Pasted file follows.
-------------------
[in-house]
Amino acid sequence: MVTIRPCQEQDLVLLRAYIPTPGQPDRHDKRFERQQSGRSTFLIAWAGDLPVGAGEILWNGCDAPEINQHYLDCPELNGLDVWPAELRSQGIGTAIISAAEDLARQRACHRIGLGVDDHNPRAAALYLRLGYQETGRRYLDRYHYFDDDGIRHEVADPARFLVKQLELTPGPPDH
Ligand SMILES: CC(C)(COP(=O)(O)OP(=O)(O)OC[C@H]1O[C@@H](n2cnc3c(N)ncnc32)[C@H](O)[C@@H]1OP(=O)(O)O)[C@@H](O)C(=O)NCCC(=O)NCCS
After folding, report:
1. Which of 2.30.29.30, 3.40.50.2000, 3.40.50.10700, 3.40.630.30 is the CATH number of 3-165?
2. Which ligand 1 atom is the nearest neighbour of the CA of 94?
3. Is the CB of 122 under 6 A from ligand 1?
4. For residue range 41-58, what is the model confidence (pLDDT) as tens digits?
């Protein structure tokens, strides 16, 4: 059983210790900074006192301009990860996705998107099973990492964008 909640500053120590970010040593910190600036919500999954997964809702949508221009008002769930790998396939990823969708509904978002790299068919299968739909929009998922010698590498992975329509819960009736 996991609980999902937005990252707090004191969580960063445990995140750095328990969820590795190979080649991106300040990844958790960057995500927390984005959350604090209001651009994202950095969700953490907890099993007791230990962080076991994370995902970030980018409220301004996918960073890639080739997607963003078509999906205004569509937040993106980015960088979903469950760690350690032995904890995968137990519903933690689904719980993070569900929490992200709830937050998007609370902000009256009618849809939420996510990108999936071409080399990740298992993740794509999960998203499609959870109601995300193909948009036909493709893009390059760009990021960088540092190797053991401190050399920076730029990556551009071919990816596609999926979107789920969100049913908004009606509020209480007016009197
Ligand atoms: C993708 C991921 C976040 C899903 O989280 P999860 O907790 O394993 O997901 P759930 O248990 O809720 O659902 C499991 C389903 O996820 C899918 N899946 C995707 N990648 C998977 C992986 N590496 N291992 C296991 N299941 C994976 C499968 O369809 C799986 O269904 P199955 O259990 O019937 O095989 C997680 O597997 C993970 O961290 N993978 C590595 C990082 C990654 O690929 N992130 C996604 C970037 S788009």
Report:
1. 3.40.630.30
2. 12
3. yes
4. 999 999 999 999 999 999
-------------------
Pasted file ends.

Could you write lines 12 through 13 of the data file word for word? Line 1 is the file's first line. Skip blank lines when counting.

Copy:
1. 3.40.630.30
2. 12